Layin’ It on the Line: What are the surrender penalties in an annuity?
Surrender, in the context of annuities, refers to the act of terminating the annuity contract and receiving the remaining value of the contract in a lump sum, rather than receiving future payments. Surrendering an annuity may result in a surrender charge, which is a fee imposed by the insurance company for early termination of the contract.
Like other financial products, annuities have surrender penalties to discourage policyholders from withdrawing funds before maturity. This is because annuities are long-term financial products designed to provide a stream of income, usually during retirement. The insurance company needs to have a steady flow of money from policyholders’ premiums to make payments to those withdrawing cash from their annuities. Suppose policyholders were allowed to withdraw their funds without penalty. In that case, they may be more likely to do so, negatively impacting the insurance company’s ability to make payments to other policyholders.
Additionally, surrender penalties are used to fund the guarantees and benefits promised in the annuity contract, such as death benefits, minimum interest rate guarantees and other promises. These guarantees and benefits come with a cost, and the insurance company needs to recover that cost by imposing surrender penalties on policyholders who withdraw their funds early.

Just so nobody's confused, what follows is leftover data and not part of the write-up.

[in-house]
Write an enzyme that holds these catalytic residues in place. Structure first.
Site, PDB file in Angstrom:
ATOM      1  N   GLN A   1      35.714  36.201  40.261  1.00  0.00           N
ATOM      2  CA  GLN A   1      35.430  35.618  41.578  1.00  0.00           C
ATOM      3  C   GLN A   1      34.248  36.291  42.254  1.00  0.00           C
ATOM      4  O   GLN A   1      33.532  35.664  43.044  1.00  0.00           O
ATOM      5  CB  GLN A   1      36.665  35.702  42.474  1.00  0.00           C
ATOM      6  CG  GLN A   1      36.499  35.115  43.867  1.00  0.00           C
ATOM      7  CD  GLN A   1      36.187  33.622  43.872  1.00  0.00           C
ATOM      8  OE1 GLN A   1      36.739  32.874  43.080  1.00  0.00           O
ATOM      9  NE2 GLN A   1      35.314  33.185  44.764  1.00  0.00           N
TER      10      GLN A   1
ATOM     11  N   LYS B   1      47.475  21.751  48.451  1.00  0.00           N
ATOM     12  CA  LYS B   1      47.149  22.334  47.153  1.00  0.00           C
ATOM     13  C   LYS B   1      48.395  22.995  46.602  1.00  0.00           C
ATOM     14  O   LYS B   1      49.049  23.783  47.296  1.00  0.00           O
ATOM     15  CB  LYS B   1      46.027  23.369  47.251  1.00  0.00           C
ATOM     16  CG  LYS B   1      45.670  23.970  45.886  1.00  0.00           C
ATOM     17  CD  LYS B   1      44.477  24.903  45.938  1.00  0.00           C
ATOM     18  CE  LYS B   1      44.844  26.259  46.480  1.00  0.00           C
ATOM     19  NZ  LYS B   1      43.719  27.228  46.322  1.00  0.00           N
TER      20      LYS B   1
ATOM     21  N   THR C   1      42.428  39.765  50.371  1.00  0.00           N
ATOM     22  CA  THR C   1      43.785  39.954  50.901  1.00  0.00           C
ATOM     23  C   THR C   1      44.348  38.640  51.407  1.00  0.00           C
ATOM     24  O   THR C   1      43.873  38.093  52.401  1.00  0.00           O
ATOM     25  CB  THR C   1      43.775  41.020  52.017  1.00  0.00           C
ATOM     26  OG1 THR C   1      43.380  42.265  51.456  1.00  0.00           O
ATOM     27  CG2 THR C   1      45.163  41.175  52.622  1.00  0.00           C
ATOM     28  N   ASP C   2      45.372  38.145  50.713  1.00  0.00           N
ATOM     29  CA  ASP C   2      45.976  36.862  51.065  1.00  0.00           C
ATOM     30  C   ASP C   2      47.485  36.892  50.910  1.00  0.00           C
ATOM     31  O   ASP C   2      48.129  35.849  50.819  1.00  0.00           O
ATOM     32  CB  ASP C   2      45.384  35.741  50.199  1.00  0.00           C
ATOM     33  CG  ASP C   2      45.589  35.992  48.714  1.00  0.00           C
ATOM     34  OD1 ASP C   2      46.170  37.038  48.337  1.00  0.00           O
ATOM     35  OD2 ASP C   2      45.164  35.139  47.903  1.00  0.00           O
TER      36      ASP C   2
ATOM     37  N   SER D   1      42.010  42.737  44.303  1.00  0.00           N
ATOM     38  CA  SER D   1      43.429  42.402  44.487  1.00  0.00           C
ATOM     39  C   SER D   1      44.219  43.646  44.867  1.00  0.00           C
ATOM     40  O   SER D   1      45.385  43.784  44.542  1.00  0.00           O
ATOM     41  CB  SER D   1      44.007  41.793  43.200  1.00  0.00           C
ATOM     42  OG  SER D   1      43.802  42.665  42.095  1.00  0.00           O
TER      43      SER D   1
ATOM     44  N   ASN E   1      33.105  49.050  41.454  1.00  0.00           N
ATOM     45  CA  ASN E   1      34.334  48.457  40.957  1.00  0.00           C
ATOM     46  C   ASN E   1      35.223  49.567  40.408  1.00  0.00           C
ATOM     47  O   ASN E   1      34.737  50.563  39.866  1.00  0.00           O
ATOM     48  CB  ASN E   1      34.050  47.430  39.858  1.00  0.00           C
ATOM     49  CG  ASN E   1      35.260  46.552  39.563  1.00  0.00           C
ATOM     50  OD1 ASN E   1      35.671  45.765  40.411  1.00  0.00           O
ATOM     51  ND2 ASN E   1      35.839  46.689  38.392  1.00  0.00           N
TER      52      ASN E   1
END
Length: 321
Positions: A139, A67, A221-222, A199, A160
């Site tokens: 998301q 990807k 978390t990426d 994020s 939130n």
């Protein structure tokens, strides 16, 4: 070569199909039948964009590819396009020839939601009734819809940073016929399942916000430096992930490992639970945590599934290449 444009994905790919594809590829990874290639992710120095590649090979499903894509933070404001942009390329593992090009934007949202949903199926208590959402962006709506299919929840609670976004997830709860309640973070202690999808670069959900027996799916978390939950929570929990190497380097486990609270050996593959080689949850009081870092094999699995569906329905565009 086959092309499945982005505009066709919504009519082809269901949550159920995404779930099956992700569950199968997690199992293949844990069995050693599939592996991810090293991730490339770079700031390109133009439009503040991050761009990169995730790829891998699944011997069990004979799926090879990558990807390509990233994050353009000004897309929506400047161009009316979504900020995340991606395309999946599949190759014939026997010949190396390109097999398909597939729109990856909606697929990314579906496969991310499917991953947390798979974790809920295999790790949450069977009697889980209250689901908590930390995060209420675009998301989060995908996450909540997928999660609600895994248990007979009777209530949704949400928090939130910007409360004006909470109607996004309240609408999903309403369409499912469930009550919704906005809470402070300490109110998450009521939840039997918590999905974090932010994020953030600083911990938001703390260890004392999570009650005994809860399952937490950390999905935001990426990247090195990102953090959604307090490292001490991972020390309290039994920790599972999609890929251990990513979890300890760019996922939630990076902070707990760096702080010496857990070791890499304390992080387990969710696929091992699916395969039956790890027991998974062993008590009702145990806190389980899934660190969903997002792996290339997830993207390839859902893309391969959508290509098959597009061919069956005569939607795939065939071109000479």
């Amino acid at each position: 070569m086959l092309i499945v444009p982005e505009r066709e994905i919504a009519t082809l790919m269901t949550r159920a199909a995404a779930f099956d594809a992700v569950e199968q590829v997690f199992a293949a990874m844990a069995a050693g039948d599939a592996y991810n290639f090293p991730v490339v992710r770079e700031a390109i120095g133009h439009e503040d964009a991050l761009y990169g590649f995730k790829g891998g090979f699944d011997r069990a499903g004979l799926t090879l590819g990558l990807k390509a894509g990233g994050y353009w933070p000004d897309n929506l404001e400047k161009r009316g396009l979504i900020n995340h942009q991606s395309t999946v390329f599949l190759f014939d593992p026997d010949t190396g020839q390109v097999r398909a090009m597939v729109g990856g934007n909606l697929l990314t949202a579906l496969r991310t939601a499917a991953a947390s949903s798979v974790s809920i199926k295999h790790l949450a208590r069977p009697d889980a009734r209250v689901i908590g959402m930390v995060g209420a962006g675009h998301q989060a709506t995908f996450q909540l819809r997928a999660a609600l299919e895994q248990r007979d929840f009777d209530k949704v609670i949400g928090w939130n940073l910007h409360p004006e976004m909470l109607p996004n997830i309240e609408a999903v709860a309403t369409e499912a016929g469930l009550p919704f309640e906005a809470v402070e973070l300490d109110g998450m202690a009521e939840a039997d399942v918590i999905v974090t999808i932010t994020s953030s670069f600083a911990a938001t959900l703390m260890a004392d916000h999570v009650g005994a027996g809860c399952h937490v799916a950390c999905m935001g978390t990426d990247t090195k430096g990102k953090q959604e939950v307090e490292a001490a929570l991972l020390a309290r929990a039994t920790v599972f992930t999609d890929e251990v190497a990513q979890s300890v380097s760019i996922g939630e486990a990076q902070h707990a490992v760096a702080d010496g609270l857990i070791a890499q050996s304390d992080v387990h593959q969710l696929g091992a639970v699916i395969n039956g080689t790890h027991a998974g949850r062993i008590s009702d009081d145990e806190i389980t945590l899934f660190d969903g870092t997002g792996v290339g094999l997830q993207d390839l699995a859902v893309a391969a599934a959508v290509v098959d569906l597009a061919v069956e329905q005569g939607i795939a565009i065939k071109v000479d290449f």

There are several ways to avoid surrender penalties when buying an annuity:
1. Choose an annuity with a shorter surrender period: Some annuities have shorter surrender periods than others, which means that the policyholder will be subject to a penalty for a shorter period if they think they might need to withdraw their funds early.
2. Look for annuities with no surrender penalties: Some annuities, such as shorter-term contracts, might allow for early withdrawal.
3. A free withdrawal annuity is a type of annuity contract that allows the holder to make withdrawals of a portion of the contract value without incurring any surrender charges or penalties. This type of annuity is designed to provide flexibility and liquidity, as the holder can access their funds as needed without having to completely surrender the contract. However, it’s important to note that free withdrawals may be subject to other conditions, such as limitations on the frequency or amount of withdrawals, or restrictions on the use of the funds withdrawn. Withdraw funds only during a “free withdrawal” period: Most annuities have a “free withdrawal” period, during which the policyholder can withdraw a certain percentage of their funds without penalty. Normal withdrawal limits without penalty is 10% per year of the account value.
4. Consider riders or options that waive penalties for specific events: Some annuities have riders or options that waive penalties for events such as the annuitant’s death, terminal illness or nursing home confinement.
It’s important to remember that these options may come with trade-offs, such as lower interest rate guarantees, so it’s essential to weigh the pros and cons before deciding. It’s also important to read the annuity contract carefully, understand the terms and conditions of the surrender penalties before purchasing an annuity, and consult a financial advisor or an annuity professional.
Lyle Boss, a native Utahn, is a member of Syndicated Columnists, a national organization committed to a fully transparent approach to money management. Boss Financial, 955 Chambers St., Suite 250, Ogden, UT 84403. Telephone: 801-475-9400.